Storm shark: How the same ‘Great White’ has stalked 4 hurricane disasters (PHOTOS)

Storm shark: How the same ‘Great White’ has stalked 4 hurricane disasters (PHOTOS)
If a storm deluge transforms city streets into a canal-like stretches of water, then it’s highly likely that a certain familiar shark will ‘emerge’ from the murky waters to take a huge bite of online Twitter traffic.

Ever since 2011, a picture of a large shark supposedly swimming down a flooded street has become a regular feature of hurricane posts online.

READ MORE: Irma threat: US weather agency warns over ‘fake forecasts’

Its latest appearance came in the wake of Hurricane Harvey, with Twitter users posting that it was seen lurking around Texan highways.

One tweet about the sighting, which the poster later claimed was an “experiment,” received 89,000 retweets.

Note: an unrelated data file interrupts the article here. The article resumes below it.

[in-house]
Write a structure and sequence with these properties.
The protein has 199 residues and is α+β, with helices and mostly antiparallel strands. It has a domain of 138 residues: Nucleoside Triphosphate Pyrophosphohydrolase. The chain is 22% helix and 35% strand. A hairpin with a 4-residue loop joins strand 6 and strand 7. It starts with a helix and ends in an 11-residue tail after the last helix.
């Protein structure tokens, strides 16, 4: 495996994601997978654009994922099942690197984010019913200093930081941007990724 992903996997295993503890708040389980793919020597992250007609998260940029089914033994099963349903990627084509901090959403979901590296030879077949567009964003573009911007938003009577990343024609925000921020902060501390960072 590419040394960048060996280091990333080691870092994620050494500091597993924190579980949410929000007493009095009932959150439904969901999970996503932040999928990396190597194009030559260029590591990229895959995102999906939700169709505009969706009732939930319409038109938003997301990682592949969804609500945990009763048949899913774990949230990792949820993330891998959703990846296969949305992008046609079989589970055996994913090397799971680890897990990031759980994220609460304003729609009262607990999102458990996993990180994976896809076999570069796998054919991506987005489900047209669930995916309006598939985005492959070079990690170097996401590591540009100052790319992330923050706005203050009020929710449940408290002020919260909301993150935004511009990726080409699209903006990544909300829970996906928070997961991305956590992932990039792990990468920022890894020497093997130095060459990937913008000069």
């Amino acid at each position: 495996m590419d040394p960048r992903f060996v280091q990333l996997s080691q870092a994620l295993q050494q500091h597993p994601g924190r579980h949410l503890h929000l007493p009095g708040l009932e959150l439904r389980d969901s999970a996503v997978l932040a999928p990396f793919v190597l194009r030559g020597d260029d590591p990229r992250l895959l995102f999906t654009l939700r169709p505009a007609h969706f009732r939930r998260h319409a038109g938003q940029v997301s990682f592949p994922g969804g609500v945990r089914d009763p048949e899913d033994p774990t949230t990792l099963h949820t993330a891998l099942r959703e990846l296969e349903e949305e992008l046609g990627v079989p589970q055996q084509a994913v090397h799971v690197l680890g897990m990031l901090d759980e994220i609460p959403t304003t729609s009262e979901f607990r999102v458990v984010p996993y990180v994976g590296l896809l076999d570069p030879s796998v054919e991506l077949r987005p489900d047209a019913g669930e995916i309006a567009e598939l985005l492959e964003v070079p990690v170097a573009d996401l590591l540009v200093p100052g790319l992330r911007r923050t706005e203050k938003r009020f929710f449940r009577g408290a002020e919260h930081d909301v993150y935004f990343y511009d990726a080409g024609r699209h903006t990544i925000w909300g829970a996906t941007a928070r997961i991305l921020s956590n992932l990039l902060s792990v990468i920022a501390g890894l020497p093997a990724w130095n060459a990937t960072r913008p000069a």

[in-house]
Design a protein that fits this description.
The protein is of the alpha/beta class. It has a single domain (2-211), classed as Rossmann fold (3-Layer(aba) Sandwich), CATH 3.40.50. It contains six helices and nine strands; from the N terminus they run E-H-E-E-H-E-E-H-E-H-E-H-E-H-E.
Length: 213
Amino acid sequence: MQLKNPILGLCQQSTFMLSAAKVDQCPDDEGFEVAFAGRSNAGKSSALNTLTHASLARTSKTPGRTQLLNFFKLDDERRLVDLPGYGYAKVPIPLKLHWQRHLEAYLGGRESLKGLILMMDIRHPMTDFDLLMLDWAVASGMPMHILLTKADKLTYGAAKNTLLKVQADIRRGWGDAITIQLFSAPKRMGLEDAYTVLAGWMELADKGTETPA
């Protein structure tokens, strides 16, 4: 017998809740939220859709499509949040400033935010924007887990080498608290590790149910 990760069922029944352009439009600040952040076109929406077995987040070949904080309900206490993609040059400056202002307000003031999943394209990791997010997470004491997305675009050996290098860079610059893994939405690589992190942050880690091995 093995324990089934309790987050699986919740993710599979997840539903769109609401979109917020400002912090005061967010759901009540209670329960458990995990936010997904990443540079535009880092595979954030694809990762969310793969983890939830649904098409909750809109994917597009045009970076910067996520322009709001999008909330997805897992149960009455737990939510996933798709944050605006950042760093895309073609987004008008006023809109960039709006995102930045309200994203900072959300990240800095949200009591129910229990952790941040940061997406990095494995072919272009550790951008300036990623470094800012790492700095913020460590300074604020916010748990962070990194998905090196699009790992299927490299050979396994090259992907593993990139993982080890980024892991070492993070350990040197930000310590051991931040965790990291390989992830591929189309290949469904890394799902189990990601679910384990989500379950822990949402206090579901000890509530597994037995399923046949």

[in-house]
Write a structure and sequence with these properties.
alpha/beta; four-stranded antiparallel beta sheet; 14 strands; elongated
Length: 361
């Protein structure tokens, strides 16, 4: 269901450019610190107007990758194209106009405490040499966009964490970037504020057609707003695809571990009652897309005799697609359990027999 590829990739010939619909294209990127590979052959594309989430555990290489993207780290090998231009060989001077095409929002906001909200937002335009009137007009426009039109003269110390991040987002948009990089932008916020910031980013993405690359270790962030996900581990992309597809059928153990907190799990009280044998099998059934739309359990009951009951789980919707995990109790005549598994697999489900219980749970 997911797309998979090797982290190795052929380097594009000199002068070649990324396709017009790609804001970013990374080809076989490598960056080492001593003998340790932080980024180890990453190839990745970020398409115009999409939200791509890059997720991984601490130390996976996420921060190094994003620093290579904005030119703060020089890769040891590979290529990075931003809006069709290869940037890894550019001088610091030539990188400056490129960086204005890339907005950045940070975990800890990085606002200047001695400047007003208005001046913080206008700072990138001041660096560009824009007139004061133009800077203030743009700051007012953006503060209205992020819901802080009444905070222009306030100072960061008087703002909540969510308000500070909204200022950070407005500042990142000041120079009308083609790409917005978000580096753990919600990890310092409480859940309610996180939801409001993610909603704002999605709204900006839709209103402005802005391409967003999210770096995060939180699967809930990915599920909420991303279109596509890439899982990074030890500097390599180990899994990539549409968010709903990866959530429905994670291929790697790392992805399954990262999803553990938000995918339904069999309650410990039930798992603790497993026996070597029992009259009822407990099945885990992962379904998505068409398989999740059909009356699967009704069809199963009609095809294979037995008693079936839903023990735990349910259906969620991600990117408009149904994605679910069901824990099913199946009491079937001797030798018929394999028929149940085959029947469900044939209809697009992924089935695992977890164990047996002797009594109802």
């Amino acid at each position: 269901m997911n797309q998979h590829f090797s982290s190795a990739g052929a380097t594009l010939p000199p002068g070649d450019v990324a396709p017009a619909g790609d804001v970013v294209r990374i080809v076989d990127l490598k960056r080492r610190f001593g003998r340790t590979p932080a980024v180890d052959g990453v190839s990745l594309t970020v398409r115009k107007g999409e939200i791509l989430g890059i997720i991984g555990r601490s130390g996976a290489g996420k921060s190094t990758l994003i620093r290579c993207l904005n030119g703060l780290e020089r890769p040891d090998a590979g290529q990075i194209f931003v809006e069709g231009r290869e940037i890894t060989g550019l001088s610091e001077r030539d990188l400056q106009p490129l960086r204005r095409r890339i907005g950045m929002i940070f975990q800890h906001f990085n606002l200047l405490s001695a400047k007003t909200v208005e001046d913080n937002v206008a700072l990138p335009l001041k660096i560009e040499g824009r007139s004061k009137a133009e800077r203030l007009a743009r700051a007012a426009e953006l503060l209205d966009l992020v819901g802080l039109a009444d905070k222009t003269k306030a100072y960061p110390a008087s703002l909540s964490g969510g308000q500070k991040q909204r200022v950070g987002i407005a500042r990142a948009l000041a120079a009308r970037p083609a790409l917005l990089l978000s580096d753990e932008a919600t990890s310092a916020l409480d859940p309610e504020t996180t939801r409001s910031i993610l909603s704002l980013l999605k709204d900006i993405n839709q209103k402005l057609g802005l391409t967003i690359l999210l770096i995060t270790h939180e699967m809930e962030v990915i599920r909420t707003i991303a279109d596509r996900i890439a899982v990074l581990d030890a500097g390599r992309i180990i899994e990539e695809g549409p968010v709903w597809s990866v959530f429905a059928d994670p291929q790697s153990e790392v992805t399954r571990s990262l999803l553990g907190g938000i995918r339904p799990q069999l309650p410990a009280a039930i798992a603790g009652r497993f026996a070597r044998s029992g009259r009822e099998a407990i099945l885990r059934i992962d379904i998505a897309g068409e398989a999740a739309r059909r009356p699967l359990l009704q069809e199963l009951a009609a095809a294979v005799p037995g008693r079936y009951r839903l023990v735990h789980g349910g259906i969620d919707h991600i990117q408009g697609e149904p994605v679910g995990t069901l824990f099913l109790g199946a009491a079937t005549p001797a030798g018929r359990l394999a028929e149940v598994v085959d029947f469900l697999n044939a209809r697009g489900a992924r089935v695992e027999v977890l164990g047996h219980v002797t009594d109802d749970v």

Another post, in which the bizarre shark scene was described as a “nightmare come true,” received over 1,000 likes and 2,500 retweets.

The image of ‘Jaws’ gunning it down the fast lane of a flooded motorway is social media gold - but it’s also too good to be true and, as Snopes previously pointed out, the picture is actually two images spliced together.

To create the bogus image, the shark component was cut from a photo taken by Thomas S Peschak and pasted into a flooded highway scene.

Peschak is a marine photographer with National Geographic credits to his name. In 2015, he told Instagram followers that the photo was taken while on an assignment with the White Shark Trust.

“To take this photograph I tied myself to the tower of the research boat and leant out over the water. Once the first shark saw the kayak, it dove down to inspect it from below and then slowly rose to check it out.

“I took the shot a fraction of a second after its dorsal fin emerged, just as the research assistant turned to look behind him. For me it’s that connection that makes the picture,”Peschak said.

In the aftermath of Hurricane Irene, which made landfall in Puerto Rico in 2011, the doctored image perhaps claimed its greatest scalp by making it onto TV news.

The fake image spreading again online when it was shared during Hurricane Matthew last year, and in the aftermath of the 2012 storm, Hurricane Sandy.